Use of Fuel Cells in the Maritime Sector

Research Themes: Energy, Water & Maritime


A TRL is a measure to indicate the matureness of a developing technology. When an innovative idea is discovered it is often not directly suitable for application. Usually such novel idea is subjected to further experimentation, testing and prototyping before it can be implemented. The image below shows how to read TRL’s to categorise the innovative ideas.

Click to enlarge

Summary of the project


Electrifying huge ships for propulsion can be done by converging chemical energy from a fuel into electricity on board. This conversion takes place in a fuel cell, which is a well-known process. The researcher focusses especially on the whole system surrounding the fuel cell tailoring it to the requirements of the maritime sector. That the cell is able to produce the power that is needed to move or maneuver a ship and that the cell is flexible enough to deal with variations in the power level. In this sector fuel cells are expected to run continuously, 24/7 for weeks on end. This raises questions on the wear or fatigue of such a cell, how can this be prevented, managed and repaired if needed. Typically, fuel conversion to hydrogen and electrochemical oxidation of hydrogen take place simultaneously in the cell. He would want to know how these process take place in in the cell, interact and affect the performance of fuel cells. In addition, heat is produced in the reaction while there are several heat requirements that may be coupled, such that you use the generates heath somewhere else on board to increase efficiency. The biggest challenge is to make these fuel cells smaller, cheaper, easier to operate and control and more reliable and efficient.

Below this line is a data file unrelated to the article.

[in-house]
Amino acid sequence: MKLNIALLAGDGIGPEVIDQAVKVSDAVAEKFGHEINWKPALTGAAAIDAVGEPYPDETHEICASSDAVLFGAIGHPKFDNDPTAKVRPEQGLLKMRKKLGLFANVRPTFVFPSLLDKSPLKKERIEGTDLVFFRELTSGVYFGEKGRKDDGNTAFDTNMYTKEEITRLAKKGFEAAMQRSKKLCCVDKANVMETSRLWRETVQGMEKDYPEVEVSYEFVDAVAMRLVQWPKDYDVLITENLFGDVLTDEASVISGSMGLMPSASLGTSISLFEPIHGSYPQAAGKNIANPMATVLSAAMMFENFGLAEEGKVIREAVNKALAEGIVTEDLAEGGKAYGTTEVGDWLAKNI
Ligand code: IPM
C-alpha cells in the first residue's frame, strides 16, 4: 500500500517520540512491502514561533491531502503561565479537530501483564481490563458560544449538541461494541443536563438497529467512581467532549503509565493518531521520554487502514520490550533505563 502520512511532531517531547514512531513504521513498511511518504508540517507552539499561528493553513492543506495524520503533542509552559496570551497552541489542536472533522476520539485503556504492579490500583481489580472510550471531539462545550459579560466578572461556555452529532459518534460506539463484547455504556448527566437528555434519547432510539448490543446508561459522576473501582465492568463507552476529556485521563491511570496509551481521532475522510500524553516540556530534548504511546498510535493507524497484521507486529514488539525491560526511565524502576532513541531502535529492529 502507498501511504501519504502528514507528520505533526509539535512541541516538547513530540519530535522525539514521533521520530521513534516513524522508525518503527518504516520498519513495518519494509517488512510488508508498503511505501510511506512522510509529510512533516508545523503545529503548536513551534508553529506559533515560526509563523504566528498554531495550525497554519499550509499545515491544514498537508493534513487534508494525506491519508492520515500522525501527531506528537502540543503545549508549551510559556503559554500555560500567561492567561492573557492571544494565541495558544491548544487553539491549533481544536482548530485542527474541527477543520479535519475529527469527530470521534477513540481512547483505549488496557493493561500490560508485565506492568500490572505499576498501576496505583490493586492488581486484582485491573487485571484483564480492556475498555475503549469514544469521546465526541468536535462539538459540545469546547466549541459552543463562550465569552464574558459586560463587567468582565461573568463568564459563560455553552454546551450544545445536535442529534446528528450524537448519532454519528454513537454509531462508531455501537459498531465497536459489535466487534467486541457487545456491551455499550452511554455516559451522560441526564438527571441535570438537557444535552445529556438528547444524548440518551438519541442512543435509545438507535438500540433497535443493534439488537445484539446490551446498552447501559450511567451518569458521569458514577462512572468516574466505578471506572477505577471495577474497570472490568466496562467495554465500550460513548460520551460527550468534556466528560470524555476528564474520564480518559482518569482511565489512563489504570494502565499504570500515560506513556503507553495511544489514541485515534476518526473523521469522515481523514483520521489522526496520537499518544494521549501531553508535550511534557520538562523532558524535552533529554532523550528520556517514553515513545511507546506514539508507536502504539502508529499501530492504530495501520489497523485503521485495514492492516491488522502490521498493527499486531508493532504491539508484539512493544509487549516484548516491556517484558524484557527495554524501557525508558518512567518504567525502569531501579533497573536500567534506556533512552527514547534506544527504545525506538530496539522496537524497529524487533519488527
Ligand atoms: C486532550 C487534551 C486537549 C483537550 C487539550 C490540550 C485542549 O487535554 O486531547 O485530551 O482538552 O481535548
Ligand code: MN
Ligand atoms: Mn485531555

What's next?


The next step is to develop and validate models of individual components and integrate them to develop and test new system integration configurations and improved control algorithms.

Contribution to the Energy transition?


Fuel cells are the next step for sectors in which batteries are insufficient or the direct use of renewable energy is unavailable. Shipping, especially the powering of large ships is such a sector. This research contributes to the transition that it makes fuel cells more equipped for the heavy duty that is needed to power a ship. And at the same time they become more flexible to operate increasing their efficiency.

dr. ir. Lindert van Biert

dr. ir. Henk Polinder

ir. Klaas Visser

ir. Berend van Veldhuizen

Faculties involved

  • 3ME

Additional information

/* */